Short Overview of Research Methods
In 2007, the Pew Research Center conducted what is believed to be the first-ever national telephone survey of a probability sample of Muslim Americans, a rare, dispersed, and highly diverse population. The study examined the political and social values, religious beliefs and practices, and life experiences of Muslims living in the U.S. today. Conducting the study presented several difficult challenges.
First, since Muslims constitute a relatively small portion of the overall adult population in the U.S. – approximately 0.5% of typical English-only survey samples – simply contacting and identifying a large sample of Muslims required a considerable investment. We oversampled from counties with a high prevalence of immigrants from predominantly Muslim countries and supplemented our sampling frame by re-contacting and interviewing self-identified Muslims from previous Pew surveys. In addition, we sampled from a commercial database of individuals with Muslim names. Further details about the sampling design and methods can be found in the full report on the survey, located on the Pew Research Center website.
Second, since the Muslim population in the U.S. includes many immigrants, a sizeable portion of the target population is unable to complete a telephone survey in English. Extrapolating from U.S. Census data and our survey, we estimate that between 9% and 22% of adult Muslims in the U.S. speak one of three languages: Arabic, Urdu or Farsi. Accordingly, we employed interviewers who are fluent in these three languages, with the result that approximately 12% of all interviews (and 17% of all weighted cases) were ultimately conducted in these languages. One consequence of this is that Pew’s estimate of the number of Muslims living in the U.S. was somewhat larger than that derived from other survey-based methods, which have typically depended on English-only surveys.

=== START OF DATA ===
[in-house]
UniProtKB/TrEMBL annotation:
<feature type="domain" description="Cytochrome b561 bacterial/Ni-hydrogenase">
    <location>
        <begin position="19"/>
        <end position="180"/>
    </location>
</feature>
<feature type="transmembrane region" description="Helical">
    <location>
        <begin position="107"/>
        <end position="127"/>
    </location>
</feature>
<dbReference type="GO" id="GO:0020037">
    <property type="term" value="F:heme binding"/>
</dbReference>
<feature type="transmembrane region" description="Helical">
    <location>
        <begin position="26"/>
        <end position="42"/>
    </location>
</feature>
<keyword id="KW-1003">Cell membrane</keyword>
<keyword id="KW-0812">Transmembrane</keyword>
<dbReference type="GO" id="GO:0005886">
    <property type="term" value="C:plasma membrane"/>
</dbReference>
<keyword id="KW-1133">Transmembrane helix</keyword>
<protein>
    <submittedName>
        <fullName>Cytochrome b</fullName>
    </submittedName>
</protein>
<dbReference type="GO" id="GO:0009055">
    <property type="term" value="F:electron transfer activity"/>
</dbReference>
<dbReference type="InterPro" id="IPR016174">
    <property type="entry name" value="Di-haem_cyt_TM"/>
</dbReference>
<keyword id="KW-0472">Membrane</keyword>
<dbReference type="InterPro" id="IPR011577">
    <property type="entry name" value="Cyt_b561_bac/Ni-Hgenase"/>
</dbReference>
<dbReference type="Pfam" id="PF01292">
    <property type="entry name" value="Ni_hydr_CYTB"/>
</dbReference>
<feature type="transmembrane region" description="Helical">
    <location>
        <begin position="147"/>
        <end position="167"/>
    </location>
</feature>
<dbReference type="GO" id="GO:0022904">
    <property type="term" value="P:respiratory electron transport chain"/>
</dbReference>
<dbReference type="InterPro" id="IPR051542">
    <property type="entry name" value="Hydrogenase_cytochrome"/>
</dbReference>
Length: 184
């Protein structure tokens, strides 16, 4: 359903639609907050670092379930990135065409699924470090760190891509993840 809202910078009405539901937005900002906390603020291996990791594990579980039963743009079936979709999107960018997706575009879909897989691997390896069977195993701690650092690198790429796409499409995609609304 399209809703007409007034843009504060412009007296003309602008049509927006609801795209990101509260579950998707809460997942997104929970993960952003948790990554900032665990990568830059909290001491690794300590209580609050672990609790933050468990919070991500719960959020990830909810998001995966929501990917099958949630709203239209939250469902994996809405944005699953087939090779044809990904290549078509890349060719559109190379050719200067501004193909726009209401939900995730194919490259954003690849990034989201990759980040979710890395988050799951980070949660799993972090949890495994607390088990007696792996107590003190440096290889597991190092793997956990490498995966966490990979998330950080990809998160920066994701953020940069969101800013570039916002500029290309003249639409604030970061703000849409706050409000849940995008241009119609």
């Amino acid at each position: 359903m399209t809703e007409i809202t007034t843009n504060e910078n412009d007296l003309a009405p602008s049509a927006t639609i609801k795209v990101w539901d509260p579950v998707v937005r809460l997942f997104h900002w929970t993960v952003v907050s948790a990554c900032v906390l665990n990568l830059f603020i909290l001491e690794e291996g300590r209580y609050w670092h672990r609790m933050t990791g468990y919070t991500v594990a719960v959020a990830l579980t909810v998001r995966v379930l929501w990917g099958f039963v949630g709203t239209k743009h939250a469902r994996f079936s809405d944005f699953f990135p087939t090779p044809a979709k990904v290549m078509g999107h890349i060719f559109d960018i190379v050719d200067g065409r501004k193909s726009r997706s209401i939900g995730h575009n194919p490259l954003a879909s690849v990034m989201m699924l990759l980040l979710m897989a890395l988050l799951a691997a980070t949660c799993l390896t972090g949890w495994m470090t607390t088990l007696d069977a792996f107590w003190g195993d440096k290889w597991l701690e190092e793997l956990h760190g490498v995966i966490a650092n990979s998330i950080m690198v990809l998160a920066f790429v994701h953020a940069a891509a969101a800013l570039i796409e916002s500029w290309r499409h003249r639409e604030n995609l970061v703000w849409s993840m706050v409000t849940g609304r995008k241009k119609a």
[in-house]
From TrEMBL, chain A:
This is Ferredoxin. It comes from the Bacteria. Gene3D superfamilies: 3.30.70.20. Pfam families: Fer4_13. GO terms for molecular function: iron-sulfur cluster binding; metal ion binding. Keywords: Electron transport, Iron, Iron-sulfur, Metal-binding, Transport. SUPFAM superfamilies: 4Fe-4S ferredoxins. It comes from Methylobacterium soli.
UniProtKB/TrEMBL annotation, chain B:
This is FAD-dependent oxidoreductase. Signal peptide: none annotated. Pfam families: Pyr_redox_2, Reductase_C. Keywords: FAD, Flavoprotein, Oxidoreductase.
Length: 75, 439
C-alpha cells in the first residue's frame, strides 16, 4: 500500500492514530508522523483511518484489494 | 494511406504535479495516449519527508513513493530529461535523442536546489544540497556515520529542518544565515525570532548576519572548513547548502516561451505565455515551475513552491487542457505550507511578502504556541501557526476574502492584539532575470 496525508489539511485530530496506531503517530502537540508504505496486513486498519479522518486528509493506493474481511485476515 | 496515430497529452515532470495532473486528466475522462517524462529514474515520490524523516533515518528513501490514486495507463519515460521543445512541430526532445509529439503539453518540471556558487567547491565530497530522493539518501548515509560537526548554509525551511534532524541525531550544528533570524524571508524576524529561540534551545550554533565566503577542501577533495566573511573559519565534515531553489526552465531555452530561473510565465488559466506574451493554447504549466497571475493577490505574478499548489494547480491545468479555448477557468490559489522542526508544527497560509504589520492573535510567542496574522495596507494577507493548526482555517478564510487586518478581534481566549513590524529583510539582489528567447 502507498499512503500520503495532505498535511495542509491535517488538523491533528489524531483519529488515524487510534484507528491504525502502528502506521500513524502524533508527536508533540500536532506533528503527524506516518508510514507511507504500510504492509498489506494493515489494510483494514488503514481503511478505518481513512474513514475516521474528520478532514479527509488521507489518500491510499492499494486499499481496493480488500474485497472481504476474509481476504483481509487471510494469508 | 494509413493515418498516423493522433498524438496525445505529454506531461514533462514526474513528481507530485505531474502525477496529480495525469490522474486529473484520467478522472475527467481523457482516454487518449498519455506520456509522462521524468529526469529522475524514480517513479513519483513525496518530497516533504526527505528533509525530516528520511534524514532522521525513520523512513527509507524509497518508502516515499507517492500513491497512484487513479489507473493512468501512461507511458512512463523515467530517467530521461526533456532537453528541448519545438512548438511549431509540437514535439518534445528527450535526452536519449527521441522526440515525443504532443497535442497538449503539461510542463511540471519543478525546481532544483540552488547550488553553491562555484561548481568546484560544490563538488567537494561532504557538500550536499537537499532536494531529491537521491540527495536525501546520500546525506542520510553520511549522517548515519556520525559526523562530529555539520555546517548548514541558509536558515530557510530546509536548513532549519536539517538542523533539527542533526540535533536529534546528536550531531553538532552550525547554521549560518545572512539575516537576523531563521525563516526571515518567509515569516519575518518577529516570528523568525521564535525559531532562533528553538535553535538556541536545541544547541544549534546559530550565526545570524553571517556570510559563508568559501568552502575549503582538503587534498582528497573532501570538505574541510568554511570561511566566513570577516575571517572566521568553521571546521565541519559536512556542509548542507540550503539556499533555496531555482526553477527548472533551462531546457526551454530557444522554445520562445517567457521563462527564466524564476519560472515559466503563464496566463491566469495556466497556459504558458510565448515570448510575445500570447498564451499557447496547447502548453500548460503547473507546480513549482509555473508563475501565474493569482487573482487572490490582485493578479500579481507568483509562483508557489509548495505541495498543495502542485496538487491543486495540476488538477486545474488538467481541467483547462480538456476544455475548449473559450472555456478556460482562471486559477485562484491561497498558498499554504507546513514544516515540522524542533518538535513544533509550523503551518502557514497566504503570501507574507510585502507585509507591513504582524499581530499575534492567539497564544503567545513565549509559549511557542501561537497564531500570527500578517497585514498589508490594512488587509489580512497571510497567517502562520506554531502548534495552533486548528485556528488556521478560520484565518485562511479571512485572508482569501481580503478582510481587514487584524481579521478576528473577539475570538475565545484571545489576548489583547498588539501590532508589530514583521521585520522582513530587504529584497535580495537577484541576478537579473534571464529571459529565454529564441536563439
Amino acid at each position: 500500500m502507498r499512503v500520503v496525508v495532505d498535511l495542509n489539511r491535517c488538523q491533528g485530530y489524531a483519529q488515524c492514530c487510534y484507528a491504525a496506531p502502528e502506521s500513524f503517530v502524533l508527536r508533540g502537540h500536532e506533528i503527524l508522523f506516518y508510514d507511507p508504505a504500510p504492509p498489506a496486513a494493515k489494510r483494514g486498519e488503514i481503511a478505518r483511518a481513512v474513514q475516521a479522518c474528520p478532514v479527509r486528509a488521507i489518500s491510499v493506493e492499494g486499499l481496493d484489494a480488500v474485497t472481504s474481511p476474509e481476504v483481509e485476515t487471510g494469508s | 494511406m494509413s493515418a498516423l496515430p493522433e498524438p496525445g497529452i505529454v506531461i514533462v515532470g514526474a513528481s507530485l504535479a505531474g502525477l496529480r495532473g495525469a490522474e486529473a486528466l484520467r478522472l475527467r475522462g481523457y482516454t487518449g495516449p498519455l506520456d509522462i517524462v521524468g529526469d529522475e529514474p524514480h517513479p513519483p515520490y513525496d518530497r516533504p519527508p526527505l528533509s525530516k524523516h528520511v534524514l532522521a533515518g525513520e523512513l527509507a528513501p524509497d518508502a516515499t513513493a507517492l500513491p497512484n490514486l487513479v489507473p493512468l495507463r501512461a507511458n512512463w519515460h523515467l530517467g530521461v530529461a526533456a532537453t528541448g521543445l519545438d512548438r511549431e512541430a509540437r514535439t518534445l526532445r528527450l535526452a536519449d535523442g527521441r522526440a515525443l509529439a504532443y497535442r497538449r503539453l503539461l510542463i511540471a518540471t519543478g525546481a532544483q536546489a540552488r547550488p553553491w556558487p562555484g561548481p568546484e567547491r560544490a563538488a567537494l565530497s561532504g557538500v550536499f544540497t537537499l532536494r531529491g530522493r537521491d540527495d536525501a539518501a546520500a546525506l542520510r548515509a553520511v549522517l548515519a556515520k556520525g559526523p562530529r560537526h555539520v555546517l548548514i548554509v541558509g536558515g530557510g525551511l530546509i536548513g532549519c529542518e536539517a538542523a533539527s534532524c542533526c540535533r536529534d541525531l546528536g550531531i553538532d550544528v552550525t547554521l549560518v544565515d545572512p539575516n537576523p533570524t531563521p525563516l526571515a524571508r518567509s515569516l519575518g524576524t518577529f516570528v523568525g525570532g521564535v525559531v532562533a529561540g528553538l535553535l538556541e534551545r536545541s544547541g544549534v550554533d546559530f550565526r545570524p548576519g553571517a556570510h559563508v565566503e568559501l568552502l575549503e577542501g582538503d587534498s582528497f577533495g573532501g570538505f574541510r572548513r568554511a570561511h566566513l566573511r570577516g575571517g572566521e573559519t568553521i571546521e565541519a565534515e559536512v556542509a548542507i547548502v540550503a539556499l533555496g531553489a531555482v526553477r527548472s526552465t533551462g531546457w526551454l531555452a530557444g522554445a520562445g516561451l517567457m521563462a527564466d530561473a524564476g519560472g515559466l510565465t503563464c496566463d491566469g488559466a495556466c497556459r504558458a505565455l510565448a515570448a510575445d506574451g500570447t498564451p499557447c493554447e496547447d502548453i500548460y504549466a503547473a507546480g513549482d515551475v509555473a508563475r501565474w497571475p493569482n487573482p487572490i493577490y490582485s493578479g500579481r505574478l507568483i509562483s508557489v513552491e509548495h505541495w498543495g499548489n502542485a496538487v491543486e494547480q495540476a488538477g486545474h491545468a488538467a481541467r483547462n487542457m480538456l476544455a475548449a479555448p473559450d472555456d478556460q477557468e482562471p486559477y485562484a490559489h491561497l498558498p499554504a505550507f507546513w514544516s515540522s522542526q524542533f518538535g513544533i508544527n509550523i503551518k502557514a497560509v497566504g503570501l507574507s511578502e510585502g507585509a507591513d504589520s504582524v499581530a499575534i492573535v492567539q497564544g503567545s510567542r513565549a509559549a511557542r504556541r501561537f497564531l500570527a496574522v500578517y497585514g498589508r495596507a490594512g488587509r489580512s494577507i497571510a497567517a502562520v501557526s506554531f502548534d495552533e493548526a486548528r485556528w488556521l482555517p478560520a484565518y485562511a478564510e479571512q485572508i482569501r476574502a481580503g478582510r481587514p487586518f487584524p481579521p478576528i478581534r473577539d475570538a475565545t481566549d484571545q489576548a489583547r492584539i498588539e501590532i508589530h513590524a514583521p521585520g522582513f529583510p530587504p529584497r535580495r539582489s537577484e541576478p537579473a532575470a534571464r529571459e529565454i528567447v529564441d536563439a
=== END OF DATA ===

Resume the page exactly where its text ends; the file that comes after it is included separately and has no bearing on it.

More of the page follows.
A third challenge was the sensitivity of the population to being interviewed. We designed the study and tailored the questionnaire to meet this concern by beginning the interview with neutral questions about satisfaction with the community, personal happiness, and other innocuous topics. After considerable experimentation, we decided to reveal the purpose of the study to respondents early in the interview, immediately following the opening sequence of neutral questions. The logic for revealing the focus of the study – a practice not common in survey research – was that Muslim respondents would quickly realize that the study was focused on Muslims and Islam, and that there would be a greater chance of establishing a bond of trust by revealing the intent of the survey in its early stages. Indeed, pretesting of the questionnaire indicated that to allay fears about the purpose of the study, it was essential to describe the purpose of the study and have available clear explanations of the sampling method for the interviewers to use in response to questions. Cumulatively, these efforts aided in gaining respondents’ trust and maximizing cooperation rates.
In addition to the major challenges listed above, we also confronted many practical fieldwork challenges. These included the massive volume of calling necessary to locate eligible respondents in a portion of the RDD sample and potential cultural issues related to interviewer/respondent gender matching. The calling volume had serious implications for interviewer morale and readiness, since the vast majority of interviewer effort was devoted to unsuccessful screening interviews. We made an effort to give all interviewers a mix of RDD sample and targeted sample, which meant that they would more frequently have the opportunity to complete an interview with an eligible respondent. Similarly, we instituted a protocol of having interviewers first ask for respondents of their own gender, which we believe yielded a better cooperation rate.